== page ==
History's Headlines: Bethlehem Steel's stone arches
Updated On: Apr 14 2014 06:38:47 PM CDT
There is a lot for visitors to see at the former Bethlehem Steel site: huge blast furnaces, buildings that stretch to a distant horizon and modern structures re-purposed to give the space a park like air. And then there are the stone arches.
At first they seem out of place, like ruins of an ancient monastery or a Roman aqueduct somehow transported across the Atlantic to the banks of the Lehigh. It is easy to wonder, isn’t Bethlehem Steel about steel? What are these stone arches doing here, the roofs they once supported long gone, leaving them open to the sky?
Well, before you could have steel, you had to have stone. And these wonderful, massive pieces of 19th century stonework may yet serve another and very modern purpose. Recently the site has been submitted as a proposal for the East Coast location for Stone Brewing Company, a West Coast brewer.
Bethlehem developers note that the site has character, charm and spring-fed water reservoirs. Although other places are hoping to get Stone Brewing to come to their towns, they may not have the history because it was here, near these arches, that some historians believe steel making began in Bethlehem.
Bethlehem Steel was born as the Bethlehem Iron Company in 1860 and was making iron by 1863 on land that was a Moravian cattle pasture. Its primary purpose was to create iron rails for the growing transportation network of Asa Packer’s Lehigh Valley Railroad.
His right-hand man, Robert Sayre, was in charge, working closely with John Fritz. While working for the Cambria Iron Company in Johnstown in 1857, Fritz had invented what was called a “three high roll mill” that enabled rails to be shaped by rollers before they became brittle and cracked. This saved time, money and produced a better quality product.
Iron rails were already being made in Allentown and other places in the Lehigh Valley and sold nationally. Although almost all the order books for Bethlehem Iron are gone, it is known that in 1867 large shiploads of iron rails from Bethlehem were sent around Cape Horn to San Francisco to be used by the Central Pacific Railroad in the building of the first transcontinental railroad with the Union Pacific Railroad.
Fritz had built a great iron making facility. But by 1865 the company’s board was talking steel. Henry Bessemer’s process was turning steel rails in England. They lasted longer than iron rails that had to be replaced after 5 to 7 years of wear, but between their cost and the tariff to import them they were no bargain. Others in America were already talking about making them here.
“A railroad which could afford the initial expense,” wrote the late W. Ross Yates, longtime Lehigh University professor and Dean of the College of Arts and Sciences, in his 1987 biography of industrialist Joseph Wharton, “would in the long run greatly profit from switching from iron to Bessemer steel.”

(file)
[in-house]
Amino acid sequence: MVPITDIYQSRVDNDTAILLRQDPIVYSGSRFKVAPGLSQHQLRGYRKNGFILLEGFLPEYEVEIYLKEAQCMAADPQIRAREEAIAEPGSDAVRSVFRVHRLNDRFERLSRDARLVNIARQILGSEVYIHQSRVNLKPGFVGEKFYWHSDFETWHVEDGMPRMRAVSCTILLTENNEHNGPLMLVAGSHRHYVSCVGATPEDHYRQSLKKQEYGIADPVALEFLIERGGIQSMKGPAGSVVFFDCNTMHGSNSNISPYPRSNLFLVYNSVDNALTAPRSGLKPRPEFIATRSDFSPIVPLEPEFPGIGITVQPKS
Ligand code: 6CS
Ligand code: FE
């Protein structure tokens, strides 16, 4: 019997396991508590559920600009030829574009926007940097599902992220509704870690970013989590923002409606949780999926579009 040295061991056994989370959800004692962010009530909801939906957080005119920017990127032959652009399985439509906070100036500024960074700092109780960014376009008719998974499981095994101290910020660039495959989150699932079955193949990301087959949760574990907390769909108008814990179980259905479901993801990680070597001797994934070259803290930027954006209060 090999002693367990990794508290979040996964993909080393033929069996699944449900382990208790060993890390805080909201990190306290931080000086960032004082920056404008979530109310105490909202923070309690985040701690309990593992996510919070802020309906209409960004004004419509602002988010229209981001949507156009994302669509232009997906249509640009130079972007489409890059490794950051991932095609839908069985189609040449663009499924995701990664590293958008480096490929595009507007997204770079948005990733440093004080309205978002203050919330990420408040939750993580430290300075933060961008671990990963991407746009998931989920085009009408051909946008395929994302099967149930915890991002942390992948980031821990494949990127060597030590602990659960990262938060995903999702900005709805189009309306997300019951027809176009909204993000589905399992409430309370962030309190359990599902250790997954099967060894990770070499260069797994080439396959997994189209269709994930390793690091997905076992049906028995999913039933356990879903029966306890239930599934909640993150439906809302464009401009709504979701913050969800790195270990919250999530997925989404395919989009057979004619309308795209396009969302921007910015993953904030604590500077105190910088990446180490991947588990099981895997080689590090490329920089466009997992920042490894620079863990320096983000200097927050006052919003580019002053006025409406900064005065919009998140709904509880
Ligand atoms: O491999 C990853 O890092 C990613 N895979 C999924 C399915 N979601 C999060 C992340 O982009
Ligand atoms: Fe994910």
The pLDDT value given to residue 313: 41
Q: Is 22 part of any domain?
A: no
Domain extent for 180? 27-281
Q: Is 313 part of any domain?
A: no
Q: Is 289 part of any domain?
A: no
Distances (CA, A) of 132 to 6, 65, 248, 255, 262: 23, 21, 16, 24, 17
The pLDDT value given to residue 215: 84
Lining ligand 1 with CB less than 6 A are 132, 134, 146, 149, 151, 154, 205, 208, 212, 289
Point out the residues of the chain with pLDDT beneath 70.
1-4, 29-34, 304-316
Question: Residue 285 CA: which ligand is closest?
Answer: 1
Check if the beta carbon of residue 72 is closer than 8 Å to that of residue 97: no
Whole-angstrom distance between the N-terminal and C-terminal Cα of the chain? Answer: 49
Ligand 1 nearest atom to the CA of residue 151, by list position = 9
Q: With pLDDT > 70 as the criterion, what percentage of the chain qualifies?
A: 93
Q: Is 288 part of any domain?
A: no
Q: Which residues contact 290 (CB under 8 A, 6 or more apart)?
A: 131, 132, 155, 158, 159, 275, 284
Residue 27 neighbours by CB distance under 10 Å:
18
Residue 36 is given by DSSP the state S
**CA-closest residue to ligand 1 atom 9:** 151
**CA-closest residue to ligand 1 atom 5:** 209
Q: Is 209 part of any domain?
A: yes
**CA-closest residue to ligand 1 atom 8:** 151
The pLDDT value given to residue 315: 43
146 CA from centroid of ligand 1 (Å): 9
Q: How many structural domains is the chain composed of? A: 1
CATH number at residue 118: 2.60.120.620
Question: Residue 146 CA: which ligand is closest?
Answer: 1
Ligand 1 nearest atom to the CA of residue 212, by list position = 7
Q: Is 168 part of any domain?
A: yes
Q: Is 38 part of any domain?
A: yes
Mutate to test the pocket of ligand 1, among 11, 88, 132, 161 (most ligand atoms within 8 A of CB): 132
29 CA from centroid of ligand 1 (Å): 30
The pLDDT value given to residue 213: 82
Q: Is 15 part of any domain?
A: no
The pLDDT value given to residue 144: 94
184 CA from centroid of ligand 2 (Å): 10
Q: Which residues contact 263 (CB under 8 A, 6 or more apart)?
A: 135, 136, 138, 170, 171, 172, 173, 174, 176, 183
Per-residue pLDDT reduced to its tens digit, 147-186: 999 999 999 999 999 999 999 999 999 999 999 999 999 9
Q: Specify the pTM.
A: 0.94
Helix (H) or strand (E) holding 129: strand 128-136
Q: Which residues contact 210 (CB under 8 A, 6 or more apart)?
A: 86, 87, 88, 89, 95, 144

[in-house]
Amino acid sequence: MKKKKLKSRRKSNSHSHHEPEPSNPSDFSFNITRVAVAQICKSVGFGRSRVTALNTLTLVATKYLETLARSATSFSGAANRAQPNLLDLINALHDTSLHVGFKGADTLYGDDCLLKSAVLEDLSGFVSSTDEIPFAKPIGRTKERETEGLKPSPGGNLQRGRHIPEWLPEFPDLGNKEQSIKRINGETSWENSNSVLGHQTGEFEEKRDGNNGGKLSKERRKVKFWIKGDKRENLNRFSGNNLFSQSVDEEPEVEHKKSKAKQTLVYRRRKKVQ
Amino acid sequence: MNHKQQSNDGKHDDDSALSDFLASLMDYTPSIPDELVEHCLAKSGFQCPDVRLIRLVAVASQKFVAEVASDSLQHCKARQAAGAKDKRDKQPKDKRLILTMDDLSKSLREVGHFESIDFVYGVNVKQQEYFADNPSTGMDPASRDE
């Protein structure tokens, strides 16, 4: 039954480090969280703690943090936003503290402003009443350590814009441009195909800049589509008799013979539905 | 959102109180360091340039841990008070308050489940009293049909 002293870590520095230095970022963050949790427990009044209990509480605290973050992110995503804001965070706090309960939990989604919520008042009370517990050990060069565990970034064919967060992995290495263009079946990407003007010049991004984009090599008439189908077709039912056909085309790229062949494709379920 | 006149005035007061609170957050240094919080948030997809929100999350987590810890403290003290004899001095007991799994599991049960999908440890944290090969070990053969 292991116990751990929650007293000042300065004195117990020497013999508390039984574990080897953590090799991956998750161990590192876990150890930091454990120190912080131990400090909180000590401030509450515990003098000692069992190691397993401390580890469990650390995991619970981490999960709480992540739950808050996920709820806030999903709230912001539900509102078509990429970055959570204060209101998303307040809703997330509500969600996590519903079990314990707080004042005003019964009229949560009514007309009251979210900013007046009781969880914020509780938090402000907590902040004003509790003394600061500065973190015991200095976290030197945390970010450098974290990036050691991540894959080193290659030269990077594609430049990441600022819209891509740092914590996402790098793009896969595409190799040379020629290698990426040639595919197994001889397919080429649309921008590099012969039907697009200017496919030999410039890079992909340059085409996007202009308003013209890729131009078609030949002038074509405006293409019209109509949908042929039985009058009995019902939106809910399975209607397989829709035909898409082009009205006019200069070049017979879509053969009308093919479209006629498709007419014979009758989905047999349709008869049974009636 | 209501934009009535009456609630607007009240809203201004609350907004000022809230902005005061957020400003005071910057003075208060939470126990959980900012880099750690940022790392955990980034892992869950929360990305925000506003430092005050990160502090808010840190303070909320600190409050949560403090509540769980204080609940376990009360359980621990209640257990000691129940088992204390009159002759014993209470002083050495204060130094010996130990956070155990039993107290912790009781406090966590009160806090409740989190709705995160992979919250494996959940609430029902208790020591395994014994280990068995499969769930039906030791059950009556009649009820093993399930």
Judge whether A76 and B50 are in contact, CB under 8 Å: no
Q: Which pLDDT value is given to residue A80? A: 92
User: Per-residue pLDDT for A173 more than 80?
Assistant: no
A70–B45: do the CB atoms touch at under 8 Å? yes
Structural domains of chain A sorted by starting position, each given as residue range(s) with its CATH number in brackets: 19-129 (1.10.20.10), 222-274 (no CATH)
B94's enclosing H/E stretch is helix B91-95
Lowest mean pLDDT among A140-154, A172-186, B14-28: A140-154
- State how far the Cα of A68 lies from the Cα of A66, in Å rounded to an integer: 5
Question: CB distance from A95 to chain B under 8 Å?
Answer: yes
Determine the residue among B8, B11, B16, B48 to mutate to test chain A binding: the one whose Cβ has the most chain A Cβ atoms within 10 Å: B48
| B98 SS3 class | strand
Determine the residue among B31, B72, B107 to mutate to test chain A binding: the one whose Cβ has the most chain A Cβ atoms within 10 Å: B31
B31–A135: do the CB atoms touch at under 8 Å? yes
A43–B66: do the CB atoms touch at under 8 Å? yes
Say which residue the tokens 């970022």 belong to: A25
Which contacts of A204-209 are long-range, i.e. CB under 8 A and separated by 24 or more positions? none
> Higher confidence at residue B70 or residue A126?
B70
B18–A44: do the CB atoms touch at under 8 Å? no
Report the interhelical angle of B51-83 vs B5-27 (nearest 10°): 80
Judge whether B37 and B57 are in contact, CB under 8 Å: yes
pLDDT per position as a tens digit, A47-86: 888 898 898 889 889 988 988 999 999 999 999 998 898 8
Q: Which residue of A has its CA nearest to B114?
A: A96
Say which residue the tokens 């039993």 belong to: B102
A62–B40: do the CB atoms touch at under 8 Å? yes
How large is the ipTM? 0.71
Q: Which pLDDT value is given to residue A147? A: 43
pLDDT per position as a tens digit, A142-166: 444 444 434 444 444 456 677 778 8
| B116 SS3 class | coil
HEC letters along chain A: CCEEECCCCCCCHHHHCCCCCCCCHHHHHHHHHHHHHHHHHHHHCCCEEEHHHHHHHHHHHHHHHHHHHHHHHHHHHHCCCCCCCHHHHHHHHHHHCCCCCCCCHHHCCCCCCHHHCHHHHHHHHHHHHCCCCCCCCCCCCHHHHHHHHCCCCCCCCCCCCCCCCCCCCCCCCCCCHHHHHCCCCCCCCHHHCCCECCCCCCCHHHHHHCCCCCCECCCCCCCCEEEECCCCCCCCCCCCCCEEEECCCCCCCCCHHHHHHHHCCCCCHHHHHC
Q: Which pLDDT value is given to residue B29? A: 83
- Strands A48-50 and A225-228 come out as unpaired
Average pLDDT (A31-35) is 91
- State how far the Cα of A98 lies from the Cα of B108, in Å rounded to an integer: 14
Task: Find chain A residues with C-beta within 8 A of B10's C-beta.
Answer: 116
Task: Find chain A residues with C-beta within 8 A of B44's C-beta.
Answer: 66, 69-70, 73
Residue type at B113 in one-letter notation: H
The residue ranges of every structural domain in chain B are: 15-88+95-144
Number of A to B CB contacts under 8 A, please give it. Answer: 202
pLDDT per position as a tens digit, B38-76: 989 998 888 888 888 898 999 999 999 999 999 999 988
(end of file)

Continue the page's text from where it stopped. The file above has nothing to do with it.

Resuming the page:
By 1867 Sayre was noting in his diary that he was “examining the process for manufacture of steel from ore.” He had also made contact with Alexander Holley, an engineer who had been in England, studied Bessemer’s process, and had gained patent rights to it.
The following year Fritz was overseeing the construction of what would be the building to house Bethlehem’s Bessemer converters.
In 1870 Fritz made a trip to Europe to study steel-making there. He was allowed access in France to the Schneider et Cie Ironworks at Le Creusot and the Bessemer facility in Sheffield, England. He did this despite the fact, as he notes in his diary, that he also had to keep Asa Packer’s sons Robert and Harry out of trouble during their tour of Paris nightspots.
In the meantime the building with the stone arches was going up in South Bethlehem. It was originally built as one structure that was 931 feet long. The part that remains roofed today was where the Bessemer converters were located. The now roofless area of the arches housed a three high rolling mill, a modification of Fritz’s Johnstown invention.
Why was stone used for the arches? The major reason was probably because it was traditional and sturdy. Pennsylvania German stone masons were the major labor source and they were more familiar with it than brick. And local brick was not of the same high quality as it was in Philadelphia.
Fritz, himself a Pennsylvania German, must have trusted stone more. And so did Holley. On his trips to Bethlehem Holley noted the high quality of the construction and machinery Fritz was using. “When Holley once suggested that Fritz had probably made some of the machinery unnecessarily strong,” writes Yates, “he is reported to have laughed and said, ‘Well, if I have, it will never be found out.’”
Fritz’s mill went into operation to much fanfare on October 4, 1873, making it the 11th America company making Bessemer steel. Roughly two weeks later the Panic of 1873 caused the collapse of the railroad building boom that had fueled the iron industry since the 1850’s. Iron furnaces in the Valley collapsed, laying off hundreds of workers. Those iron makers that survived limped along, never really being healthy again. Bethlehem’s steel making enabled it to make the technological leap into the 20th century.
The Bessemer converters, by then outdated, stopped making steel in 1902 and were dismantled. The big building was cut up, part of it becoming the iron foundry. The section with the arches became a boiler room.
In the 1970s, over a hundred years after it was built, the roof was removed from the arched building. “The only reason they were left standing was because they supported utilities,” says Bethlehem Steel historian Mike Piersa. Thanks to their durability and beauty those stately arches may once more thrive into the 21st century.
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